There are certain certifications provided to efficient vacuum cleaners based on established standards. The most common one in the US is the Asthma and Allergy Foundation Certification (AAFC). Over in the UK, we’re looking at the British Allergy Foundation certification.
The important thing to understand is that they may only test vacuums that are submitted to them by the manufacturer. So while the approval of a certification is good, the absence of it does not imply otherwise.
Also note that these certifications test only the emissions of the vacuum and not its performance or utility overall. So this leads us onto the actual vacuum cleaners which work around the filter and what to look for to ensure you get the best model for your home.
An S-Class or HEPA filter can do a great deal to improve the air quality that is coming from your vacuum, but a filter really is only as good as the system around it. So let’s dig into what features of the vacuum cleaner design can support asthma and allergy sufferers in keeping their homes pristine.
In addition to the S-Class or HEPA filters, some vacuums are beginning to offer “filterbags”. Miele was the first to push past the traditional paper bag and onto multilayer bags that offer multiple stages of filtration. The AirClean filterbags are the latest version of this and feature 9-ply, random weave construction.
With each ply, or layer, designed differently, this bag does the bulk of filtration, even capturing particles you cannot see.
More recently, Soniclean took this a bit further. With their upright vacuum cleaners, there is no HEPA filter. Instead, each features a HEPA bag. In terms of convenience, this is a step in the right direction.
Note though, upright vacuum cleaners lack a sealed system, and though canister vacuums have that feature, they use a more traditional-style dust bag/HEPA filter combo.
Look for HEPA or S-Class filtration either as a filter bag or as a filter. You can rest assured that your vacuum cleaner will effectively trap almost all of the household allergens.
Given that leaking unfiltered air is one of the design features which can worsen allergies and asthma, we need to look into this design feature further.
If air is leaking around the body, the dust bag or the filters of a vacuum cleaner, then even a top notch filter really isn’t going to ensure that the air exiting your machine is actually free of allergens. Leaky systems can also mean reduced suction, as air is not flowing properly through the machine. Think of it like trying to suck through a straw with a hole in it – more work and effort for less results.
To prevent the risk of your vacuum cleaner leaking air, look for rubber seals or gaskets around your vacuum cleaner. In particular, look for these around the lid and filter as the two key areas.
Let’s get to the meaty question, is a bagged or bagless vacuum better for allergies?
When it is time for dust disposal after vacuuming, bagged vacuum cleaners are generally a better choice for those dealing with allergy or asthma, because the dust is collected in a sealable bag. Filter bags also provide an extra measure of filtration within your machine.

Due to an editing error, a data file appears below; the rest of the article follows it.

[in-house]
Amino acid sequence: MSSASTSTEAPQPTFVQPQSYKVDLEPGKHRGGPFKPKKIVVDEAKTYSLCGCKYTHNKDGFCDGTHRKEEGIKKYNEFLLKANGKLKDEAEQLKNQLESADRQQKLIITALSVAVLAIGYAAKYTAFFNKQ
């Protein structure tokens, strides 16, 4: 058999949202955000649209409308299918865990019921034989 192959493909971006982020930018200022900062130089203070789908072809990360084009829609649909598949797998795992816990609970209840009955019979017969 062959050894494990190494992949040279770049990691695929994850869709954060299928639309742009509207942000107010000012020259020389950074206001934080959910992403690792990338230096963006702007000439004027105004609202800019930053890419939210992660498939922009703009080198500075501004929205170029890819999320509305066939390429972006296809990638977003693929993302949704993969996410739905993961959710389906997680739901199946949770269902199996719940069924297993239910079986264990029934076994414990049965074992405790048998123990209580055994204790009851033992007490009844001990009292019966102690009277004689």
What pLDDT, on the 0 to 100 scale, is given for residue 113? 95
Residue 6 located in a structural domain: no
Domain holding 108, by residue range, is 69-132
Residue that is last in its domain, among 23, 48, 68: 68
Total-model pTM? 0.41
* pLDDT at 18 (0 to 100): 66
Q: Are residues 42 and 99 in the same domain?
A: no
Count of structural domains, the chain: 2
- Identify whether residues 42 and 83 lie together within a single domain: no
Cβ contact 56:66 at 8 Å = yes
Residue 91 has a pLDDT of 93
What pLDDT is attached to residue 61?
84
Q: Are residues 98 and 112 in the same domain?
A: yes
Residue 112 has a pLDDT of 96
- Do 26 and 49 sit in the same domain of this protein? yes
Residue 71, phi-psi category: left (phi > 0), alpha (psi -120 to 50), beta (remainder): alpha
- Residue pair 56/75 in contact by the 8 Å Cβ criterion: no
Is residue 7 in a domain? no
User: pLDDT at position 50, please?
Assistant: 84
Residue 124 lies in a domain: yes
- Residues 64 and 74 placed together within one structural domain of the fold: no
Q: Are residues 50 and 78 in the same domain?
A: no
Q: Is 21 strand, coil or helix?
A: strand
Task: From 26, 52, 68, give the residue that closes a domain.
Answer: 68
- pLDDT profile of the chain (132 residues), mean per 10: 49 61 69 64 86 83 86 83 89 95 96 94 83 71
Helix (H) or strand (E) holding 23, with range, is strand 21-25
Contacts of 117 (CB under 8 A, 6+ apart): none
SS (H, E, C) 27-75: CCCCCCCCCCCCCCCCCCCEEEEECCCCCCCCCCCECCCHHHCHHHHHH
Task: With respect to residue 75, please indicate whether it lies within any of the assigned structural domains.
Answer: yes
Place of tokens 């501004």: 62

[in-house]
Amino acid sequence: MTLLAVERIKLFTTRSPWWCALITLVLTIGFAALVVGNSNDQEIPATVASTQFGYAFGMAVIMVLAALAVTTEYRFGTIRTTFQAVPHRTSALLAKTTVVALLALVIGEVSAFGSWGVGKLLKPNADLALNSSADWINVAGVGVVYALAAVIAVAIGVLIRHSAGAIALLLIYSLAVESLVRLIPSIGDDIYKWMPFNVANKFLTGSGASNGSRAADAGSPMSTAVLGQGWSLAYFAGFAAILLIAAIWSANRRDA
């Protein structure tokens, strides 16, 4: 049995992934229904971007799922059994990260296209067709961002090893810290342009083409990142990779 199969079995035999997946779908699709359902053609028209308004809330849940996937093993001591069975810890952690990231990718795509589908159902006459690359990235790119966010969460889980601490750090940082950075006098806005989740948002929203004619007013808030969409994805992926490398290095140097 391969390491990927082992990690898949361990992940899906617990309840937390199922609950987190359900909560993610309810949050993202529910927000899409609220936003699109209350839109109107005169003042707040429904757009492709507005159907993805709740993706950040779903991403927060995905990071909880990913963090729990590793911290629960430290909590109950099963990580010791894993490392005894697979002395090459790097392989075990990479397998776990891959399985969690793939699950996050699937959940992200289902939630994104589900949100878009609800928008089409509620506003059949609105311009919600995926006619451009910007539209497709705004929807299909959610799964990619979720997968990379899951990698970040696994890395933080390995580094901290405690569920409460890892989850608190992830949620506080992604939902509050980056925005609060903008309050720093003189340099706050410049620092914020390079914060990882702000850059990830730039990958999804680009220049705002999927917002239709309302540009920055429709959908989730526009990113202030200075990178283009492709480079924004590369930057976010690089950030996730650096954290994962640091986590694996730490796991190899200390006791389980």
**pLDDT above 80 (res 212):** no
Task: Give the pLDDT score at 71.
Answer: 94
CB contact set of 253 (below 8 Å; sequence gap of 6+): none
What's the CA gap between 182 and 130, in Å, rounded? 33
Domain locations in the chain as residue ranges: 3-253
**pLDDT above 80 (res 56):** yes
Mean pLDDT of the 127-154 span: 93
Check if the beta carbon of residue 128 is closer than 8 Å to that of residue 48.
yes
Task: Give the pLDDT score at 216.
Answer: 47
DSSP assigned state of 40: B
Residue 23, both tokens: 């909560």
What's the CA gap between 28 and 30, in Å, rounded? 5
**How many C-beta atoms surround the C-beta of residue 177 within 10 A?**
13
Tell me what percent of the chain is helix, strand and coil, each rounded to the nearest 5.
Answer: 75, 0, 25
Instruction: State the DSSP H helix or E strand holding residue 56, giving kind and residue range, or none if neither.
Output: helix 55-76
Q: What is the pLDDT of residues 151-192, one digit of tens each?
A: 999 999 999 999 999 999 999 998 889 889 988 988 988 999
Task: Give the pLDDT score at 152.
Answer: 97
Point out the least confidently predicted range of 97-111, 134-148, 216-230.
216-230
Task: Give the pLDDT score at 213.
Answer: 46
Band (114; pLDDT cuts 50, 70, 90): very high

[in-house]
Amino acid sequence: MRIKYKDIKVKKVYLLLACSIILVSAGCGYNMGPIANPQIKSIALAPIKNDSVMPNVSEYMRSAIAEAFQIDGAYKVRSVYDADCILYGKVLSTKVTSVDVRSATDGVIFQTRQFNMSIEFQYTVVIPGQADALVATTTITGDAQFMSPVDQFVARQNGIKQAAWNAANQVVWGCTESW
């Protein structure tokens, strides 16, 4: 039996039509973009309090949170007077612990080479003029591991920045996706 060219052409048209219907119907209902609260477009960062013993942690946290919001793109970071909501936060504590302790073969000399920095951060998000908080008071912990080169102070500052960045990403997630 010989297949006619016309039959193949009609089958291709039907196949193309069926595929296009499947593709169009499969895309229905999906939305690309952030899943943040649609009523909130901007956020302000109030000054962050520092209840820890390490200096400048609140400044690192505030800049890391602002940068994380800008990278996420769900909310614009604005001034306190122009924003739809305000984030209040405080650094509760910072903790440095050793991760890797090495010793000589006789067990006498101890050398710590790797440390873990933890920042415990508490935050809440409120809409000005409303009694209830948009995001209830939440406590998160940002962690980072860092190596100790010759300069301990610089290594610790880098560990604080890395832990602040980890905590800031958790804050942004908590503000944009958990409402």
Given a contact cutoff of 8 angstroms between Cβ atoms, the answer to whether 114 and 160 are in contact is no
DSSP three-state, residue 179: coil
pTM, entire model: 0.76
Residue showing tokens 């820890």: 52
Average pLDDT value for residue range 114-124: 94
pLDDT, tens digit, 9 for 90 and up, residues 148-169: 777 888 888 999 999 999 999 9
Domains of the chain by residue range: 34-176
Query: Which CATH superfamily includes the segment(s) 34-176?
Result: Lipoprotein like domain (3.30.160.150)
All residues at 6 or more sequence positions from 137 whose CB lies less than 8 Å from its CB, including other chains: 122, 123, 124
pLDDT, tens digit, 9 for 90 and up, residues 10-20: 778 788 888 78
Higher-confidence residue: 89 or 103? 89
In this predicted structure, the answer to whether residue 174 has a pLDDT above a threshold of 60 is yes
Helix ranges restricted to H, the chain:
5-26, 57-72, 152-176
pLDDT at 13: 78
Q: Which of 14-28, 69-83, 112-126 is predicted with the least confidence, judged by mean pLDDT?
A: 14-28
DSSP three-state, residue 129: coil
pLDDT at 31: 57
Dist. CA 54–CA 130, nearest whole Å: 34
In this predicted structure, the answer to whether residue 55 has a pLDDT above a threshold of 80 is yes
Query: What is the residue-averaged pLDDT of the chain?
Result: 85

However, bagged vacuum cleaners can lose suction power as the bag fills up, so with a bagged vacuum cleaner, it’s important to keep an eye on the dust bag change indicator.
Bagless vacuum cleaners have no bags to get clogged, so you do not have to worry about the expense of buying new bags. Bagless vacuum cleaners collect dust in a plastic bin for disposal. If you suffer from allergies or asthma, we recommend getting someone else to empty the dust bin for you whenever possible. And, it is always best to go outdoors to empty the dustbin into the trash.
Before we even get into the allergy-friendliness of upright vs canister vacuums, consider how you’ll need to use your vacuum cleaner. If you can’t easily get to hard-to-reach spots because of your vacuum cleaner, you’re not doing yourself any favors!
Upright vacuum cleaners are best suited for cleaning carpet, but this type has traditionally been heavier and more difficult to maneuver than canister vacuum cleaners.
Cleaning in tight spaces and under furniture was difficult with older upright vacuum cleaners, but slimmer uprights have recently been designed to specifically address these concerns. Some uprights can also lie flat and have a slim profile, though they feature a more traditional steering and maneuvering system.
Canisters tend to roll more freely, be lighter in weight, and are often best geared towards smooth flooring like tile, hardwood, linoleum or laminate. More compact, canister vacuum cleaners can often be used with a variety of attachments and because of their compact nature, are often better for steps and other hard to reach places.
Making each more versatile, and building innovative features has made the difference in choosing a canister versus an upright largely a question of simple preference.
When shopping for the best vacuum cleaner for asthma and allergies, you really shouldn’t go past a true HEPA or S-Class filtration system. However, we hope our article has also given you some pointers on what to look for in the vacuum cleaner’s design to further support a super clean indoor environment with superior indoor air quality.
Remember to look out for:
And if you’re not sure if a vacuum cleaner model is the right fit, make sure to read the fine print to know exactly how it works! Always go beyond the shiny marketing hype on the front.